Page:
You've probably heard about the "80-20 Rule," which describes many natural and manmade phenomena. This rule is sometimes called the "Pareto Principle" because it was discovered by Vilfredo Pareto (1848–1923) who used it to describe the unequal distribution of wealth. Specifically, in his study, 80% of the wealth was held

Correlation is a statistic that measures how closely two variables are related to each other. The most popular definition of correlation is the Pearson product-moment correlation, which is a measurement of the linear relationship between two variables. Many textbooks stress the linear nature of the Pearson correlation and emphasize that

One of my favorite magazines, Significance, printed an intriguing image of a symmetric matrix that shows repetition in a song's lyrics. The image was created by Colin Morris, who has created many similar images. When I saw these images, I knew that I wanted to duplicate the analysis in SAS!

Data quality is a topic that is often discussed in insurance, but also plays a subordinate role in the project day. I asked Karen Prillwitz about the importance of data quality at large insurers. For many years Karen has advised insurance companies, and as a project manager in a large

When I first learned to program in SAS, I remember being confused about the difference between CLASS statements and BY statements. A novice SAS programmer recently asked when to use one instead of the other, so this article explains the difference between the CLASS statement and BY variables in SAS

During this winter period, it has become clear that the National Health Service (NHS) in the UK is under even more than the usual additional strain. With routine operations already being cancelled to manage emergency treatment, hospitals cannot afford any delayed discharge of patients because of the knock-on impact on available

Last week I wrote about the 10 most popular articles from The DO Loop in 2017. My most popular articles tend to be about elementary statistics or SAS programming tips. Less popular are the articles about advanced statistical and programming techniques. However, these technical articles fill an important niche. Not

A SAS programmer asked how to label multiple regression lines that are overlaid on a single scatter plot. Specifically, he asked to label the curves that are produced by using the REG statement with the GROUP= option in PROC SGPLOT. He wanted the labels to be the slope and intercept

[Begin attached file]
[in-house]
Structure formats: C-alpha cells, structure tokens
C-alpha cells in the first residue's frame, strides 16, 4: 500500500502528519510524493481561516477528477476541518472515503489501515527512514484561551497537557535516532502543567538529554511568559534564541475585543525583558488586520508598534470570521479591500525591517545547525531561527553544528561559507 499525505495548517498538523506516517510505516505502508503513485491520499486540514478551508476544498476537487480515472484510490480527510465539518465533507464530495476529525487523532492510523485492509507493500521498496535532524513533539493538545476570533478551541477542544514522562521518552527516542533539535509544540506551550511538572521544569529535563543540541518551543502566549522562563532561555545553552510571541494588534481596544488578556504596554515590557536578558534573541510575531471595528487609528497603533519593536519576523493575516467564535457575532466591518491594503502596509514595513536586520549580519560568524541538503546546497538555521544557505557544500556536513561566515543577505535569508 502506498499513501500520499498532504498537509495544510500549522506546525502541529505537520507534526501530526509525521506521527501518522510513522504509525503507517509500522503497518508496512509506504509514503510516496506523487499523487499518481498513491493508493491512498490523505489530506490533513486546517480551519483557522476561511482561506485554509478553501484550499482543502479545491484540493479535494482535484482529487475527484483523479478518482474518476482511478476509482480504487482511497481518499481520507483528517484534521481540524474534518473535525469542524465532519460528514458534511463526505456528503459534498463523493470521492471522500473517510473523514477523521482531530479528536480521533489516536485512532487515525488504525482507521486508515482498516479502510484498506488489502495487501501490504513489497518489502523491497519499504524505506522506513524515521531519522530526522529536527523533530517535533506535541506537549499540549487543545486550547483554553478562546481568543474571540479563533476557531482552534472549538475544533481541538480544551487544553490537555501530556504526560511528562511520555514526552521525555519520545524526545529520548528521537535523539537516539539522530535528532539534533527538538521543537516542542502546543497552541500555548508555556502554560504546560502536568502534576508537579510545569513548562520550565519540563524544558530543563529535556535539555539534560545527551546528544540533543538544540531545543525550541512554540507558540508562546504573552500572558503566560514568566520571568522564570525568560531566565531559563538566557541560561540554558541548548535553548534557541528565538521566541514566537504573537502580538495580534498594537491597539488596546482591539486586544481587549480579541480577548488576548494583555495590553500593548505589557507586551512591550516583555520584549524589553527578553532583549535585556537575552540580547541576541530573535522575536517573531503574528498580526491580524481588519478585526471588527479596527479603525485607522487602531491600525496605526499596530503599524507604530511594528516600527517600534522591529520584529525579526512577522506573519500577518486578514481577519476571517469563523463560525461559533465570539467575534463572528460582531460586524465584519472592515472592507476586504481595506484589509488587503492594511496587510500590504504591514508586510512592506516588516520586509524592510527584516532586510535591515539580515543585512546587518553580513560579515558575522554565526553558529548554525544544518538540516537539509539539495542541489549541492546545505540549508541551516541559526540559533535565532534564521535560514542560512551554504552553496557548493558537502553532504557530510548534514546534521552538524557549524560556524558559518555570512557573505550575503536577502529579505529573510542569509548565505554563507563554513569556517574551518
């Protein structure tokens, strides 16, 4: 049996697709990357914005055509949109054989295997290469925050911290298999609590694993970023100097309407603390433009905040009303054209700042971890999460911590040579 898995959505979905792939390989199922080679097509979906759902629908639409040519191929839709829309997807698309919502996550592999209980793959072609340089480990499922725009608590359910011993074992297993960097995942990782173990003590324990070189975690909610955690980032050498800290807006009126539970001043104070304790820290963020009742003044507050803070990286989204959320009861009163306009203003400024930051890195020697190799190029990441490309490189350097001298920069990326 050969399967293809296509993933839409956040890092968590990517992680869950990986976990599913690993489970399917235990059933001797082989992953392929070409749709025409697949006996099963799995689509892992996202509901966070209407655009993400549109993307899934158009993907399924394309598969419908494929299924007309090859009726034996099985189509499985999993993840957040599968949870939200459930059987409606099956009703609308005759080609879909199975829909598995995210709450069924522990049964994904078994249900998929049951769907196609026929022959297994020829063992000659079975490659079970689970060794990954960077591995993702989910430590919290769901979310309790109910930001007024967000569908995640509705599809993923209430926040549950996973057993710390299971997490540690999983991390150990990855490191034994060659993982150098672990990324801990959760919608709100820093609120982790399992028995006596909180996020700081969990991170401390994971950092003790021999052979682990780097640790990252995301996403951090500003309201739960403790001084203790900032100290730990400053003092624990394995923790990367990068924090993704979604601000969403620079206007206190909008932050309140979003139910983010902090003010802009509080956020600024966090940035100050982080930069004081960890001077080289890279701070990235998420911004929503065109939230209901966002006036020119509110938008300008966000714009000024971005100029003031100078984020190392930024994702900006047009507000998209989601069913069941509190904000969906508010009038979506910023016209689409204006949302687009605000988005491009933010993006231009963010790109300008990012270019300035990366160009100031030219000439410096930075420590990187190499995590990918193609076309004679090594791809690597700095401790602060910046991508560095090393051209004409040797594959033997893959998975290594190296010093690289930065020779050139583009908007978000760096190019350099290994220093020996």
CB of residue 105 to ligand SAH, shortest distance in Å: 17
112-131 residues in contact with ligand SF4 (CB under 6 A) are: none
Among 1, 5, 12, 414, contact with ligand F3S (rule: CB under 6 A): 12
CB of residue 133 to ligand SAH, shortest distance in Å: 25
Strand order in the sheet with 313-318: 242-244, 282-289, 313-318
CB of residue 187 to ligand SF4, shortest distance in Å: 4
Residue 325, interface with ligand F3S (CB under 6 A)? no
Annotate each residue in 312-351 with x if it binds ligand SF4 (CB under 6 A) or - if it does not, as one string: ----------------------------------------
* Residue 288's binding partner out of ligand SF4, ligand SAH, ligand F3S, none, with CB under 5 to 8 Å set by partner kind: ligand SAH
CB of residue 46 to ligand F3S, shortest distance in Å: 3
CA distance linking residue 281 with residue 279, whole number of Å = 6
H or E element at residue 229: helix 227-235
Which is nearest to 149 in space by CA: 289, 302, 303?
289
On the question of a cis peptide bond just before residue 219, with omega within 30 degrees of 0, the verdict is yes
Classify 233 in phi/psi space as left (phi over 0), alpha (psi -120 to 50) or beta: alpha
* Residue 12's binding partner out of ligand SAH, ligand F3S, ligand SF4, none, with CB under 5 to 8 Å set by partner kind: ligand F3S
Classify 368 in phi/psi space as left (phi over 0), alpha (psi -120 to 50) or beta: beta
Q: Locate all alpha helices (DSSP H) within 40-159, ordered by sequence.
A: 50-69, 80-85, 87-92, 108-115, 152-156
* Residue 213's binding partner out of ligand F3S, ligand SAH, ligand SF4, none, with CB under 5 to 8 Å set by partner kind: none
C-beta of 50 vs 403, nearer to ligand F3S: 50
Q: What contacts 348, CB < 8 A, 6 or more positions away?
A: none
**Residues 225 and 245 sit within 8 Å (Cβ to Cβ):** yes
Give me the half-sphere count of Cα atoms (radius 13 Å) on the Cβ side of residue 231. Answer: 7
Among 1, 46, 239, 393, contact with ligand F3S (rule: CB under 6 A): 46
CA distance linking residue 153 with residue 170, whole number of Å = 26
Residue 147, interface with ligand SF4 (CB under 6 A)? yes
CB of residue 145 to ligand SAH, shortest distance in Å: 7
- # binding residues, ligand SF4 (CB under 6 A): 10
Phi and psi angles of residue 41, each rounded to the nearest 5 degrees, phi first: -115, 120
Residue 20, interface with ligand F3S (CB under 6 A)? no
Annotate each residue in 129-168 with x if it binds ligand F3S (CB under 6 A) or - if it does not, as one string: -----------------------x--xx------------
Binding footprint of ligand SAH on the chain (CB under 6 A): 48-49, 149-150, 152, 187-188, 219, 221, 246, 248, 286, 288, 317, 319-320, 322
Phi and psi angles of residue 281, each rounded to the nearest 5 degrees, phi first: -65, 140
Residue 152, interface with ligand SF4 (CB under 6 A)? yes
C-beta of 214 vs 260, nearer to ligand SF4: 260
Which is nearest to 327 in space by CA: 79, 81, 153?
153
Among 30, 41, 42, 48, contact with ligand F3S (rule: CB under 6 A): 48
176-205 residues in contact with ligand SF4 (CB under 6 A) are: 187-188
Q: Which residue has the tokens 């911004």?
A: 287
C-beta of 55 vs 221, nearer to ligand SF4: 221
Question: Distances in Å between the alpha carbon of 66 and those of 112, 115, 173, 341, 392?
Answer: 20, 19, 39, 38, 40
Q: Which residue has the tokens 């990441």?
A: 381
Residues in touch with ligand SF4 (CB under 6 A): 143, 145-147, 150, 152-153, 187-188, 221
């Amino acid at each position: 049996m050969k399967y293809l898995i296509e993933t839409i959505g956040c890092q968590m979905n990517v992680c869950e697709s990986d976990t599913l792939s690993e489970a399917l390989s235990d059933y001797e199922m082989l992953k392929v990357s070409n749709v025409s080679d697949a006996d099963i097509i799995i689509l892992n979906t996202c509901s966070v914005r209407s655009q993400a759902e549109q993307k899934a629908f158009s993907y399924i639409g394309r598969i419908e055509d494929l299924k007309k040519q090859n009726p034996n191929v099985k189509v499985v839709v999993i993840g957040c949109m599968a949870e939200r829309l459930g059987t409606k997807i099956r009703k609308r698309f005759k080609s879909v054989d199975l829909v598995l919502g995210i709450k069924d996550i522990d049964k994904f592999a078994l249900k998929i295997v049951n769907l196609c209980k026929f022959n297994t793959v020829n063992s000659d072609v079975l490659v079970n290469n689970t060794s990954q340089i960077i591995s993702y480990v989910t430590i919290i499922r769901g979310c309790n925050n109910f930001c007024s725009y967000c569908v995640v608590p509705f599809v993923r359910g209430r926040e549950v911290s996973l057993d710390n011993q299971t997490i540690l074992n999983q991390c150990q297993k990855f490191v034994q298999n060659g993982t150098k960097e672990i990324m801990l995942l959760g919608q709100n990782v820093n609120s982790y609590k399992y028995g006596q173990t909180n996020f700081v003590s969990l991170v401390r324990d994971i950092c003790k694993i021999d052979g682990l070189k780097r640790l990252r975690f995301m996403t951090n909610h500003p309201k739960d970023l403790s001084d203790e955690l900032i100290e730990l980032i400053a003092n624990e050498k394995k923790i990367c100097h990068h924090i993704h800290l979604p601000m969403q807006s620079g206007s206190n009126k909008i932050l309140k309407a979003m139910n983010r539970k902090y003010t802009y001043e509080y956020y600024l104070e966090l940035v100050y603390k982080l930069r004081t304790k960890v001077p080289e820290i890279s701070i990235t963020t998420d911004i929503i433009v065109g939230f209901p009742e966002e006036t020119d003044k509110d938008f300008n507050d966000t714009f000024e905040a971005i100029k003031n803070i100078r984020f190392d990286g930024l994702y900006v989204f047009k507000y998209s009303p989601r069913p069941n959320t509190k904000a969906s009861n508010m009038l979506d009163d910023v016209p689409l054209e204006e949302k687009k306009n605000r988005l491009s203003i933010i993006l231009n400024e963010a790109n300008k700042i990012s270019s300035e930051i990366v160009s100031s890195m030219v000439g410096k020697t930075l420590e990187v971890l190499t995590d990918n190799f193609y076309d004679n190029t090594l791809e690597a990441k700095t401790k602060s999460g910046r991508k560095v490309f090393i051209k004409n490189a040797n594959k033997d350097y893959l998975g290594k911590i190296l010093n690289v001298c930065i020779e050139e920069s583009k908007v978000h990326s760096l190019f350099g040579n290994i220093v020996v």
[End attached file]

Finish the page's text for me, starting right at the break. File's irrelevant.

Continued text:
*The DO Loop*in 2017

I wrote more than 100 posts for The DO Loop blog in 2017. The most popular articles were about SAS programming tips, statistical data analysis, and simulation and bootstrap methods. Here are the most popular articles from 2017 in each category. General SAS programming techniques INTCK and INTNX: Do you

I previously showed an easy way to visualize a regression model that has several continuous explanatory variables: use the SLICEFIT option in the EFFECTPLOT statement in SAS to create a sliced fit plot. The EFFECTPLOT statement is directly supported by the syntax of the GENMOD, LOGISTIC, and ORTHOREG procedures in

Slice, slice, baby! You've got to slice, slice, baby! When you fit a regression model that has multiple explanatory variables, it is a challenge to effectively visualize the predicted values. This article describes how to visualize the regression model by slicing the explanatory variables. In SAS, you can use the

In a previous article, I showed how to use SAS to perform mean imputation. However, there are three problems with using mean-imputed variables in statistical analyses: Mean imputation reduces the variance of the imputed variables. Mean imputation shrinks standard errors, which invalidates most hypothesis tests and the calculation of confidence

If you’ve been a regular reader of my musings over the years, or heard me bring these thoughts to life in-person at an event or during a webinar, you’ll know that I like to rely upon a few tried and tested phrases. One of my favourites is “’x’ [insert technology

Missing values present challenges for the statistical analyst and data scientist. Many modeling techniques (such as regression) exclude observations that contain missing values, which can reduce the sample size and reduce the power of a statistical analysis. Before you try to deal with missing values in an analysis (for example,

This article describes the advantages and disadvantages of principal component regression (PCR). This article also presents alternative techniques to PCR. In a previous article, I showed how to compute a principal component regression in SAS. Recall that principal component regression is a technique for handling near collinearities among the regression